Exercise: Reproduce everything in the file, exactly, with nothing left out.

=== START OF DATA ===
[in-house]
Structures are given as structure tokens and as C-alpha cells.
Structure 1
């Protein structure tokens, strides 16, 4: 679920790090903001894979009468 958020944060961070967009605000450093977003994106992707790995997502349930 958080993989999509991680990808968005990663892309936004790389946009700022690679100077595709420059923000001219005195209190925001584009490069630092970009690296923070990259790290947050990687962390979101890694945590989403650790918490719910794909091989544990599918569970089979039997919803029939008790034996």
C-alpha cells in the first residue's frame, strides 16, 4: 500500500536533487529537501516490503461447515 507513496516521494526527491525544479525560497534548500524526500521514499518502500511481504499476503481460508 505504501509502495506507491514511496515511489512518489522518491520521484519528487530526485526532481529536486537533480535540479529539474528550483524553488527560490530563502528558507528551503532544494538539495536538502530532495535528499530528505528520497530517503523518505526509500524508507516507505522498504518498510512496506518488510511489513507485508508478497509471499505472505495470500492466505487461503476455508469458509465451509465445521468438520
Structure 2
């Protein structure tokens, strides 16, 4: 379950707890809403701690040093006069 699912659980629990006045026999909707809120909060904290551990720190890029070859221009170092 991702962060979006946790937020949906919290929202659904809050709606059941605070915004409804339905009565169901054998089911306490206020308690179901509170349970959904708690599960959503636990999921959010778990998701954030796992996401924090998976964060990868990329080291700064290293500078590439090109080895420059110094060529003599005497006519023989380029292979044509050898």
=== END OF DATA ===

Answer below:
[in-house]
Structures are given as structure tokens and as C-alpha cells.
Structure 1
């Protein structure tokens, strides 16, 4: 679920790090903001894979009468 958020944060961070967009605000450093977003994106992707790995997502349930 958080993989999509991680990808968005990663892309936004790389946009700022690679100077595709420059923000001219005195209190925001584009490069630092970009690296923070990259790290947050990687962390979101890694945590989403650790918490719910794909091989544990599918569970089979039997919803029939008790034996």
C-alpha cells in the first residue's frame, strides 16, 4: 500500500536533487529537501516490503461447515 507513496516521494526527491525544479525560497534548500524526500521514499518502500511481504499476503481460508 505504501509502495506507491514511496515511489512518489522518491520521484519528487530526485526532481529536486537533480535540479529539474528550483524553488527560490530563502528558507528551503532544494538539495536538502530532495535528499530528505528520497530517503523518505526509500524508507516507505522498504518498510512496506518488510511489513507485508508478497509471499505472505495470500492466505487461503476455508469458509465451509465445521468438520
Structure 2
């Protein structure tokens, strides 16, 4: 379950707890809403701690040093006069 699912659980629990006045026999909707809120909060904290551990720190890029070859221009170092 991702962060979006946790937020949906919290929202659904809050709606059941605070915004409804339905009565169901054998089911306490206020308690179901509170349970959904708690599960959503636990999921959010778990998701954030796992996401924090998976964060990868990329080291700064290293500078590439090109080895420059110094060529003599005497006519023989380029292979044509050898």